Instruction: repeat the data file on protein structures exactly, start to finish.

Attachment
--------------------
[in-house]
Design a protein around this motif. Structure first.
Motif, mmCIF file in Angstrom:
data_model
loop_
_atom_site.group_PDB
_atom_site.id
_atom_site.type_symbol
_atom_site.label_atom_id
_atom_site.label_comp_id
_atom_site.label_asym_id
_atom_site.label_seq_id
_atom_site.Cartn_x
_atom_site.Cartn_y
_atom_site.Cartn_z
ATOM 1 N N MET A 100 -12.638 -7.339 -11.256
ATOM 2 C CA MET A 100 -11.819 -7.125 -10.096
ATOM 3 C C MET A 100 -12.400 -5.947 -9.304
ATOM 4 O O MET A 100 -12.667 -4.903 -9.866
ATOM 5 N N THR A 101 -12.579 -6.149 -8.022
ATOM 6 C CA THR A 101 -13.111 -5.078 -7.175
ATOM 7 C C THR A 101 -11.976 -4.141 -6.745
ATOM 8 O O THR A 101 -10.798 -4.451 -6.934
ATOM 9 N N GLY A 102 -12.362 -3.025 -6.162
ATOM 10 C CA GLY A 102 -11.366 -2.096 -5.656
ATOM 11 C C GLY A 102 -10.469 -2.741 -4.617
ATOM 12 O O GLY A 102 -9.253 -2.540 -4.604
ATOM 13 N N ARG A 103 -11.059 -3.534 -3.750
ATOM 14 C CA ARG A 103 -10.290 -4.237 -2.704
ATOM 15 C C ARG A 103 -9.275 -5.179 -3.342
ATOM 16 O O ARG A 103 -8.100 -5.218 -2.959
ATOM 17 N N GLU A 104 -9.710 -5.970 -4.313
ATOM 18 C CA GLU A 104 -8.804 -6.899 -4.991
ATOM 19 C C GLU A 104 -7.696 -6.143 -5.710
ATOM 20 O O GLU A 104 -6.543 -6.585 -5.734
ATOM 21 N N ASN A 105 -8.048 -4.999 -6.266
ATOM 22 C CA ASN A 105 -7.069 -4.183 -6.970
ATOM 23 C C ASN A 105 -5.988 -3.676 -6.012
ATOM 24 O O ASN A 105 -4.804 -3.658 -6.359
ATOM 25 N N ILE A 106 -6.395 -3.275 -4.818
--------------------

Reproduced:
[in-house]
Design a protein around this motif. Structure first.
Motif, mmCIF file in Angstrom:
data_model
loop_
_atom_site.group_PDB
_atom_site.id
_atom_site.type_symbol
_atom_site.label_atom_id
_atom_site.label_comp_id
_atom_site.label_asym_id
_atom_site.label_seq_id
_atom_site.Cartn_x
_atom_site.Cartn_y
_atom_site.Cartn_z
ATOM 1 N N MET A 100 -12.638 -7.339 -11.256
ATOM 2 C CA MET A 100 -11.819 -7.125 -10.096
ATOM 3 C C MET A 100 -12.400 -5.947 -9.304
ATOM 4 O O MET A 100 -12.667 -4.903 -9.866
ATOM 5 N N THR A 101 -12.579 -6.149 -8.022
ATOM 6 C CA THR A 101 -13.111 -5.078 -7.175
ATOM 7 C C THR A 101 -11.976 -4.141 -6.745
ATOM 8 O O THR A 101 -10.798 -4.451 -6.934
ATOM 9 N N GLY A 102 -12.362 -3.025 -6.162
ATOM 10 C CA GLY A 102 -11.366 -2.096 -5.656
ATOM 11 C C GLY A 102 -10.469 -2.741 -4.617
ATOM 12 O O GLY A 102 -9.253 -2.540 -4.604
ATOM 13 N N ARG A 103 -11.059 -3.534 -3.750
ATOM 14 C CA ARG A 103 -10.290 -4.237 -2.704
ATOM 15 C C ARG A 103 -9.275 -5.179 -3.342
ATOM 16 O O ARG A 103 -8.100 -5.218 -2.959
ATOM 17 N N GLU A 104 -9.710 -5.970 -4.313
ATOM 18 C CA GLU A 104 -8.804 -6.899 -4.991
ATOM 19 C C GLU A 104 -7.696 -6.143 -5.710
ATOM 20 O O GLU A 104 -6.543 -6.585 -5.734
ATOM 21 N N ASN A 105 -8.048 -4.999 -6.266
ATOM 22 C CA ASN A 105 -7.069 -4.183 -6.970
ATOM 23 C C ASN A 105 -5.988 -3.676 -6.012
ATOM 24 O O ASN A 105 -4.804 -3.658 -6.359
ATOM 25 N N ILE A 106 -6.395 -3.275 -4.818